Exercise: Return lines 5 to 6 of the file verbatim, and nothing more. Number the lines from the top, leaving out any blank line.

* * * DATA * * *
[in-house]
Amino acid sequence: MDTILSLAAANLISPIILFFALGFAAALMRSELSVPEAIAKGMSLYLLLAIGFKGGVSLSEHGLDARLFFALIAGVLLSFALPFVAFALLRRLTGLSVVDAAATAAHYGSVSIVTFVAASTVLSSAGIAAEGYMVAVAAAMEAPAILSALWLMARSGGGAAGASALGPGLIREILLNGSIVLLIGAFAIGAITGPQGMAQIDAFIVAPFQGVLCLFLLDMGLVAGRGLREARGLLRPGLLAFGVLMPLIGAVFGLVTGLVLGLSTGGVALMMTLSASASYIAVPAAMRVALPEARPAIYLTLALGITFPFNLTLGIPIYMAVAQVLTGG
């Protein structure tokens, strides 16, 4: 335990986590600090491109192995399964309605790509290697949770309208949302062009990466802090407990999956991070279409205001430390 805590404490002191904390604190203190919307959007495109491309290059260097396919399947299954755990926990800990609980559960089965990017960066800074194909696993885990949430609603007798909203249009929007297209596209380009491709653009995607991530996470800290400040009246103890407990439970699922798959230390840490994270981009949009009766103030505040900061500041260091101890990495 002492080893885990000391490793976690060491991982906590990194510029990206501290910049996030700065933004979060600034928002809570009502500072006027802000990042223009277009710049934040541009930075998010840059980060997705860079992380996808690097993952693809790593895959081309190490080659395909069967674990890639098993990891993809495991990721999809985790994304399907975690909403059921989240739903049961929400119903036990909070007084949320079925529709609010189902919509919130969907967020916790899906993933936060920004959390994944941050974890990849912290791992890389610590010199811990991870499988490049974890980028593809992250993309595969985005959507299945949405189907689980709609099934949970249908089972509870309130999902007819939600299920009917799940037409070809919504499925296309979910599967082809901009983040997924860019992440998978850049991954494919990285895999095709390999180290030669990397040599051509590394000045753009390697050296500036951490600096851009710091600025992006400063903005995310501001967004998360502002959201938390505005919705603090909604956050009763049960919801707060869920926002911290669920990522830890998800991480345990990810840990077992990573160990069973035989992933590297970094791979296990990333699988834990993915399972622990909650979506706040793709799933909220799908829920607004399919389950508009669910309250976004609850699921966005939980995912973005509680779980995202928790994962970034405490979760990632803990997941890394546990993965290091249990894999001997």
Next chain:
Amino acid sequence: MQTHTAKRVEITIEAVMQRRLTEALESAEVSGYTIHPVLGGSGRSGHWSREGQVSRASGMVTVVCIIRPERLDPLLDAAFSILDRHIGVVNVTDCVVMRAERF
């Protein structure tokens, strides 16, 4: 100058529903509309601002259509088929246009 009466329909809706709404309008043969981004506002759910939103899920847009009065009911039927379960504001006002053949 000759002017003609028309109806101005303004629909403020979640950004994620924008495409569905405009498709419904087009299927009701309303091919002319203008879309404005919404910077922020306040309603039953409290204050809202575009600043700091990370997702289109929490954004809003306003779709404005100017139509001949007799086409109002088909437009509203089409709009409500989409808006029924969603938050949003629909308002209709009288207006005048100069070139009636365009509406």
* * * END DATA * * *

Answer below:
Amino acid sequence: MQTHTAKRVEITIEAVMQRRLTEALESAEVSGYTIHPVLGGSGRSGHWSREGQVSRASGMVTVVCIIRPERLDPLLDAAFSILDRHIGVVNVTDCVVMRAERF
């Protein structure tokens, strides 16, 4: 100058529903509309601002259509088929246009 009466329909809706709404309008043969981004506002759910939103899920847009009065009911039927379960504001006002053949 000759002017003609028309109806101005303004629909403020979640950004994620924008495409569905405009498709419904087009299927009701309303091919002319203008879309404005919404910077922020306040309603039953409290204050809202575009600043700091990370997702289109929490954004809003306003779709404005100017139509001949007799086409109002088909437009509203089409709009409500989409808006029924969603938050949003629909308002209709009288207006005048100069070139009636365009509406």